MYKOLAIV, Ukraine — The quick thump, thump of outgoing Ukrainian artillery echoes through the heavily fortified city hall building here in Mykolaiv in southern Ukraine, a sign of how close Russian forces have advanced in their march west along the Black Sea coast.

Mayor Oleksandr Senkevich, dressed in army green with a pistol in his pocket, barely notices as he points out the Russian positions on a map. With him was Dmytro Falko, secretary of the City Council, wearing a light flak jacket and carrying a Kalashnikov rifle in a tennis racket case on his back.

The Russians are moving in from the north, east and south, he said, the same forces that several days earlier had captured the city of Kherson, which is about 40 miles east of Mykolaiv.

By midafternoon, he said, some Russian forces had pushed into outlying areas of the city — killing a local school director and others — although Ukrainian soldiers were keeping them at bay, for now.

After a battle Friday evening, Ukrainian forces retook the Mykolaiv airport, which had earlier been captured by Russian troops, and raised the Ukrainian flag there, according to the Ukrainian military, which posted a video of the flag and jubilant troops on Twitter.

“The enemy surrounds us,” Senkevich said. “Today, they are gathering troops, and I think they want to attack us in the nearest time.”

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More about Russia’s war on Ukraine

Russian forces in the north of Ukraine have been bogged down and are largely immobile near the capital, Kyiv, and the country’s second-largest city, Kharkiv. But the troops in Ukraine’s south have been on the move.

When Russian President Vladimir Putin gave the order last week to invade, Russian forces poured out of the Crimean Peninsula, which the Kremlin annexed in 2014 and turned into a massive army garrison. From there, they spread east, where they overcame the town of Melitopol and have converged on Mariupol, which despite a nearly weeklong siege has remained in control of Ukrainian forces.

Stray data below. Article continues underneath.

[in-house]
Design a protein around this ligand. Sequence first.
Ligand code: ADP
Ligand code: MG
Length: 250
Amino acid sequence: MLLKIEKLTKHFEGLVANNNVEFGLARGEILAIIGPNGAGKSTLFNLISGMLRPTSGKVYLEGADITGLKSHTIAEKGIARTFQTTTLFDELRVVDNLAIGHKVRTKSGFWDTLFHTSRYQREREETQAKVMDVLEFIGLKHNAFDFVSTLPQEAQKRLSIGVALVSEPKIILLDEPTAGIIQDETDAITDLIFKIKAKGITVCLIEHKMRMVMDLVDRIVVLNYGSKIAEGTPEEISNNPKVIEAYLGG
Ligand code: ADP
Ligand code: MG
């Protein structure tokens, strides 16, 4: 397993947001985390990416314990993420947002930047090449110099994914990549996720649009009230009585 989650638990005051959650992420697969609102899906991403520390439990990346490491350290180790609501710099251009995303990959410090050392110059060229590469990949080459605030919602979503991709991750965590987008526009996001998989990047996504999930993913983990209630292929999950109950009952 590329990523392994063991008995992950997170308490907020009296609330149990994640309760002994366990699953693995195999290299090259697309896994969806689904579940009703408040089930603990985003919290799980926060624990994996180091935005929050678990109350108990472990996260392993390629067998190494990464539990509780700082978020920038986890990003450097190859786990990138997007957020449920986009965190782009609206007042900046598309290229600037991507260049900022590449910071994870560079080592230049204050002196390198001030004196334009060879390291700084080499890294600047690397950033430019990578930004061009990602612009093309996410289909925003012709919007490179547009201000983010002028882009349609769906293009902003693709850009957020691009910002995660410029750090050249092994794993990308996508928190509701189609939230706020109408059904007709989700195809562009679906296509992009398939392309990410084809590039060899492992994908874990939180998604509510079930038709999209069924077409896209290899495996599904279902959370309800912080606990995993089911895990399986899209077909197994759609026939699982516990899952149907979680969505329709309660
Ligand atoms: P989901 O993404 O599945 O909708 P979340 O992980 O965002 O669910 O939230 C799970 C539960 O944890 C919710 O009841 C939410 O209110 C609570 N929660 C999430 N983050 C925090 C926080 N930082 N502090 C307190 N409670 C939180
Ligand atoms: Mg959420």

To the west, Russian troops pushed into the port city of Kherson, where the Russian commander informed Mayor Ihor Kolykhaev that he planned to establish a military administration.

As of Friday, Kolykhaev said, it appeared that Ukrainian forces positioned outside the city were blocking trucks with humanitarian assistance despite an agreement Thursday to open a humanitarian corridor, something he attributed to a miscommunication between troops on the ground and their commanders.

In the meantime, he said, the Russian troops now occupying the city — “the kind liberators,” he said sarcastically — were using the delay for their own propaganda messaging, publicly promising to provide their own assistance.

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“First, they create a critical situation, then heroically they save us so as to show on camera how everyone thanks the ‘benefactors,’” Kolykhaev said in a text message. “I give you my word, I’m doing what I can, but I do not know how long I’ll be able to hang on.”